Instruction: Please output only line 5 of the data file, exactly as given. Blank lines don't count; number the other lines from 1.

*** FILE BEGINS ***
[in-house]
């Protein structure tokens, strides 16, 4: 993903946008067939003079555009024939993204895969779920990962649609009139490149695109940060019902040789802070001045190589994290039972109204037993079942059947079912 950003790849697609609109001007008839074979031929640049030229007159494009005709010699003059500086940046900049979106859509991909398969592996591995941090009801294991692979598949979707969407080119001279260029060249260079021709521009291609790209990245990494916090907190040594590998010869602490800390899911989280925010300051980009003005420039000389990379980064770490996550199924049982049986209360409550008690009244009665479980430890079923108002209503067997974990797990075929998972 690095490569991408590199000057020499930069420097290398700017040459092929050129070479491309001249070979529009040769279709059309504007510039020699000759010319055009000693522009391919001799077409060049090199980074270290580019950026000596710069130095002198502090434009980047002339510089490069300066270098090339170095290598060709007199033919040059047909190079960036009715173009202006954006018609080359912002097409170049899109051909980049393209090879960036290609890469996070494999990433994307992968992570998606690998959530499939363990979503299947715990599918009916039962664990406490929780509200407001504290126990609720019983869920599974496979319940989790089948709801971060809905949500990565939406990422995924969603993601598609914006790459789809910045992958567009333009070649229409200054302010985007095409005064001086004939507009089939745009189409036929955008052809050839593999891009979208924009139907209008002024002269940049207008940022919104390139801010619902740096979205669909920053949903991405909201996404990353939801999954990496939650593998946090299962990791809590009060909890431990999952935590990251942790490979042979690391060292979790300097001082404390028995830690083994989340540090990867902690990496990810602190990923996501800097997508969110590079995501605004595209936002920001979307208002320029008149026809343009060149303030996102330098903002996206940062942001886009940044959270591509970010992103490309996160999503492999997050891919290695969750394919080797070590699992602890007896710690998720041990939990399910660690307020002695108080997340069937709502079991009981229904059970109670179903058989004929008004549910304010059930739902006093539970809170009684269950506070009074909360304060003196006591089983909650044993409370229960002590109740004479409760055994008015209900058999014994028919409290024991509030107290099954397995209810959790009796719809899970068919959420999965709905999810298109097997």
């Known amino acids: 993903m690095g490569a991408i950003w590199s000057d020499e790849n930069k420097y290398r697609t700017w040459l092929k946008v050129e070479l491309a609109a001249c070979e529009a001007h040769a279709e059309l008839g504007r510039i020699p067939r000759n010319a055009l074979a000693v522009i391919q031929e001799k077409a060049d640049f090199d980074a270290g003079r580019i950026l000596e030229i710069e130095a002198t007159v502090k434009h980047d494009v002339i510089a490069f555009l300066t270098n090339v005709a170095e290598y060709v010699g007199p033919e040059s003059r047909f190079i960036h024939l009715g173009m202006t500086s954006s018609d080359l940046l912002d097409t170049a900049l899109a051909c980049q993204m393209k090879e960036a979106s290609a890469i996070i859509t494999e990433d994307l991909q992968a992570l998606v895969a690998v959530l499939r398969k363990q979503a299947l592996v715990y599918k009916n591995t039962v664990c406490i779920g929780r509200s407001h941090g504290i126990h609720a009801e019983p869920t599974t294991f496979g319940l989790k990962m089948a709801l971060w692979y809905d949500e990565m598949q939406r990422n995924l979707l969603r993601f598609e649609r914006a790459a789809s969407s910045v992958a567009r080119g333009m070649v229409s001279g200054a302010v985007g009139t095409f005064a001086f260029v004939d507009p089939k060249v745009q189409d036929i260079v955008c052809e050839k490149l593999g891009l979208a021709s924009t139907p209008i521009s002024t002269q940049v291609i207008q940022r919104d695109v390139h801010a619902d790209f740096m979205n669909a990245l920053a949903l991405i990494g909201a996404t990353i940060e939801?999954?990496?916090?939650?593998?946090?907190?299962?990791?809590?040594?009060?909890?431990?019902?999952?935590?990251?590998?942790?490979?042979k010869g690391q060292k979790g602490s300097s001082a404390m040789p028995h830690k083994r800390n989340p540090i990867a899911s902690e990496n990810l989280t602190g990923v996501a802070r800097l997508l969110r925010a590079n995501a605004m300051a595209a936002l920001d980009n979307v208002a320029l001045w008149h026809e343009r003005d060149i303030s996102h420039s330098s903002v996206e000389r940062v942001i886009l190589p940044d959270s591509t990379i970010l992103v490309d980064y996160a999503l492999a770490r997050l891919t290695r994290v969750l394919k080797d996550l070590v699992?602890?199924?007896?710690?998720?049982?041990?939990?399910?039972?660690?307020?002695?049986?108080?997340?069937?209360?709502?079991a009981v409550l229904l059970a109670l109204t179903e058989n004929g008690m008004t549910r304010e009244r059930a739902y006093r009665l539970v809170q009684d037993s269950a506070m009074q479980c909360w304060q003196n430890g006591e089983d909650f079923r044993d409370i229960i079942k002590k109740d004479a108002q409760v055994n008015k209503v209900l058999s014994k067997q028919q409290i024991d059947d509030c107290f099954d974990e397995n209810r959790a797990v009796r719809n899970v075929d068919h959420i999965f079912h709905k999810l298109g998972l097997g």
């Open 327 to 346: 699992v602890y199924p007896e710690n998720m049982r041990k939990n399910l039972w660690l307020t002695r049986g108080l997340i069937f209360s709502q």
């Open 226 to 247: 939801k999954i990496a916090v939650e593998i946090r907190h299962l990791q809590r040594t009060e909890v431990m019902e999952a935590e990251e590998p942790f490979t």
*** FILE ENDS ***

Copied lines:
């Open 226 to 247: 939801k999954i990496a916090v939650e593998i946090r907190h299962l990791q809590r040594t009060e909890v431990m019902e999952a935590e990251e590998p942790f490979t």